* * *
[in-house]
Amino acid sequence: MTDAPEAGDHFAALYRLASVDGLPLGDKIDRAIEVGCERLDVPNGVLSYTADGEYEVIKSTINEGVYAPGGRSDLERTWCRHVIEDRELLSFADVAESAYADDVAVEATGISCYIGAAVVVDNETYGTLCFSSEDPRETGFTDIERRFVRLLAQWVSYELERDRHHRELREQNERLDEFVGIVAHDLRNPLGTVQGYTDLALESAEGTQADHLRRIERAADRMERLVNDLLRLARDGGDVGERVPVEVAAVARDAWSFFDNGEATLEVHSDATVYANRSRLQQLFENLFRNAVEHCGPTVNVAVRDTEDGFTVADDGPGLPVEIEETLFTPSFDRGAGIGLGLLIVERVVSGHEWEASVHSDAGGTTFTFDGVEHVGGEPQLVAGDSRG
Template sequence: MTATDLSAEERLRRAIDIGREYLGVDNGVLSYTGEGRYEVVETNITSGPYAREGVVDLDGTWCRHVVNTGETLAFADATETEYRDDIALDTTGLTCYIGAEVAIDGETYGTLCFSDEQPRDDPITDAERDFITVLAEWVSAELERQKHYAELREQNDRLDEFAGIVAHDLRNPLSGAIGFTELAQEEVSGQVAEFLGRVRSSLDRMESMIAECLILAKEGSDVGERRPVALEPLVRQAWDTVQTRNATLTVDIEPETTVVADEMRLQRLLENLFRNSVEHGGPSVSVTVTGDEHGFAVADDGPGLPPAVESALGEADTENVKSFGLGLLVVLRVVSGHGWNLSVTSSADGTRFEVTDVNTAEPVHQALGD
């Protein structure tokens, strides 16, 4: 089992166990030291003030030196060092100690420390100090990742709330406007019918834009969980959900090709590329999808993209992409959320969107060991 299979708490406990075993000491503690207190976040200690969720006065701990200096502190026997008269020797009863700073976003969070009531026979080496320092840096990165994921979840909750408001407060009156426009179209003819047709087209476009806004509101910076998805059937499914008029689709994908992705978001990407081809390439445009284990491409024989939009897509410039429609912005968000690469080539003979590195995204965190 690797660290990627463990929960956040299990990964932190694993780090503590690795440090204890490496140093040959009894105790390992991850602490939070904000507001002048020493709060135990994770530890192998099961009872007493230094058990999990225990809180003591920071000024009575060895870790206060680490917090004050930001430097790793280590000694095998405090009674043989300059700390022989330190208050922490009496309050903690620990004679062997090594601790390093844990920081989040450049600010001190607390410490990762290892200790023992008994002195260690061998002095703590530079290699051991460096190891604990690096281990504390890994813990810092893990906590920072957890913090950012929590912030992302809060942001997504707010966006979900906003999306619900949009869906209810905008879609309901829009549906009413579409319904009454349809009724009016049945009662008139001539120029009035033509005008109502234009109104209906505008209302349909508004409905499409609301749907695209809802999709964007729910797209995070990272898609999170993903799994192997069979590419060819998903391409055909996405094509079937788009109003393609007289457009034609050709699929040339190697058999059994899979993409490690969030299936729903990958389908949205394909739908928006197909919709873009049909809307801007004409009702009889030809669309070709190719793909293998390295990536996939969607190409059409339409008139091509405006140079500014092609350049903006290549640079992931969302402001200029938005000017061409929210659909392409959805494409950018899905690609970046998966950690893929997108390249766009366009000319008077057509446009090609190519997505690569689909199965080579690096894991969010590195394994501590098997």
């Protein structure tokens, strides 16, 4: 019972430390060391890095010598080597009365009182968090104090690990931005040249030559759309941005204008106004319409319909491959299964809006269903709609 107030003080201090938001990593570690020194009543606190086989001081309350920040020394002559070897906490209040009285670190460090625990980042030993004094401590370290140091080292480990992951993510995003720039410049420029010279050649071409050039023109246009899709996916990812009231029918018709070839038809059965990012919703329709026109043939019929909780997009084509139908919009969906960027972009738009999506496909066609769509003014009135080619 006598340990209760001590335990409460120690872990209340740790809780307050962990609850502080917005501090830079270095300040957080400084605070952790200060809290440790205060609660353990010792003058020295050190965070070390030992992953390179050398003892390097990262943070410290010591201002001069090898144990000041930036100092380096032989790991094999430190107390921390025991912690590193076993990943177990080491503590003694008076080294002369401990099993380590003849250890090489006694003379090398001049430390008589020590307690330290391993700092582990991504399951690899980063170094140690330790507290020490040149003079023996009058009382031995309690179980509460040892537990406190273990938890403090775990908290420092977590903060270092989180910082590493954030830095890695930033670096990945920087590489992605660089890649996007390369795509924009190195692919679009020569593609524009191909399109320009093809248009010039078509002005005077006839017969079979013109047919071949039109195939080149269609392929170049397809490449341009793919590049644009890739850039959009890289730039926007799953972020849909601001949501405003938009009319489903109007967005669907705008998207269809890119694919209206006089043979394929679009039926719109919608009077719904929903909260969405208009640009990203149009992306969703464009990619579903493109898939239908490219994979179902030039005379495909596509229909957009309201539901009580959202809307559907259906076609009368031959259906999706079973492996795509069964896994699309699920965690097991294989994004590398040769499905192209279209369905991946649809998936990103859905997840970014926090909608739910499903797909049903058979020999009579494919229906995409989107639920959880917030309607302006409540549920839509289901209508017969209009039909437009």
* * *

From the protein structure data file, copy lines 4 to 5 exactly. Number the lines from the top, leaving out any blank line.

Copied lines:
């Protein structure tokens, strides 16, 4: 089992166990030291003030030196060092100690420390100090990742709330406007019918834009969980959900090709590329999808993209992409959320969107060991 299979708490406990075993000491503690207190976040200690969720006065701990200096502190026997008269020797009863700073976003969070009531026979080496320092840096990165994921979840909750408001407060009156426009179209003819047709087209476009806004509101910076998805059937499914008029689709994908992705978001990407081809390439445009284990491409024989939009897509410039429609912005968000690469080539003979590195995204965190 690797660290990627463990929960956040299990990964932190694993780090503590690795440090204890490496140093040959009894105790390992991850602490939070904000507001002048020493709060135990994770530890192998099961009872007493230094058990999990225990809180003591920071000024009575060895870790206060680490917090004050930001430097790793280590000694095998405090009674043989300059700390022989330190208050922490009496309050903690620990004679062997090594601790390093844990920081989040450049600010001190607390410490990762290892200790023992008994002195260690061998002095703590530079290699051991460096190891604990690096281990504390890994813990810092893990906590920072957890913090950012929590912030992302809060942001997504707010966006979900906003999306619900949009869906209810905008879609309901829009549906009413579409319904009454349809009724009016049945009662008139001539120029009035033509005008109502234009109104209906505008209302349909508004409905499409609301749907695209809802999709964007729910797209995070990272898609999170993903799994192997069979590419060819998903391409055909996405094509079937788009109003393609007289457009034609050709699929040339190697058999059994899979993409490690969030299936729903990958389908949205394909739908928006197909919709873009049909809307801007004409009702009889030809669309070709190719793909293998390295990536996939969607190409059409339409008139091509405006140079500014092609350049903006290549640079992931969302402001200029938005000017061409929210659909392409959805494409950018899905690609970046998966950690893929997108390249766009366009000319008077057509446009090609190519997505690569689909199965080579690096894991969010590195394994501590098997």
């Protein structure tokens, strides 16, 4: 019972430390060391890095010598080597009365009182968090104090690990931005040249030559759309941005204008106004319409319909491959299964809006269903709609 107030003080201090938001990593570690020194009543606190086989001081309350920040020394002559070897906490209040009285670190460090625990980042030993004094401590370290140091080292480990992951993510995003720039410049420029010279050649071409050039023109246009899709996916990812009231029918018709070839038809059965990012919703329709026109043939019929909780997009084509139908919009969906960027972009738009999506496909066609769509003014009135080619 006598340990209760001590335990409460120690872990209340740790809780307050962990609850502080917005501090830079270095300040957080400084605070952790200060809290440790205060609660353990010792003058020295050190965070070390030992992953390179050398003892390097990262943070410290010591201002001069090898144990000041930036100092380096032989790991094999430190107390921390025991912690590193076993990943177990080491503590003694008076080294002369401990099993380590003849250890090489006694003379090398001049430390008589020590307690330290391993700092582990991504399951690899980063170094140690330790507290020490040149003079023996009058009382031995309690179980509460040892537990406190273990938890403090775990908290420092977590903060270092989180910082590493954030830095890695930033670096990945920087590489992605660089890649996007390369795509924009190195692919679009020569593609524009191909399109320009093809248009010039078509002005005077006839017969079979013109047919071949039109195939080149269609392929170049397809490449341009793919590049644009890739850039959009890289730039926007799953972020849909601001949501405003938009009319489903109007967005669907705008998207269809890119694919209206006089043979394929679009039926719109919608009077719904929903909260969405208009640009990203149009992306969703464009990619579903493109898939239908490219994979179902030039005379495909596509229909957009309201539901009580959202809307559907259906076609009368031959259906999706079973492996795509069964896994699309699920965690097991294989994004590398040769499905192209279209369905991946649809998936990103859905997840970014926090909608739910499903797909049903058979020999009579494919229906995409989107639920959880917030309607302006409540549920839509289901209508017969209009039909437009």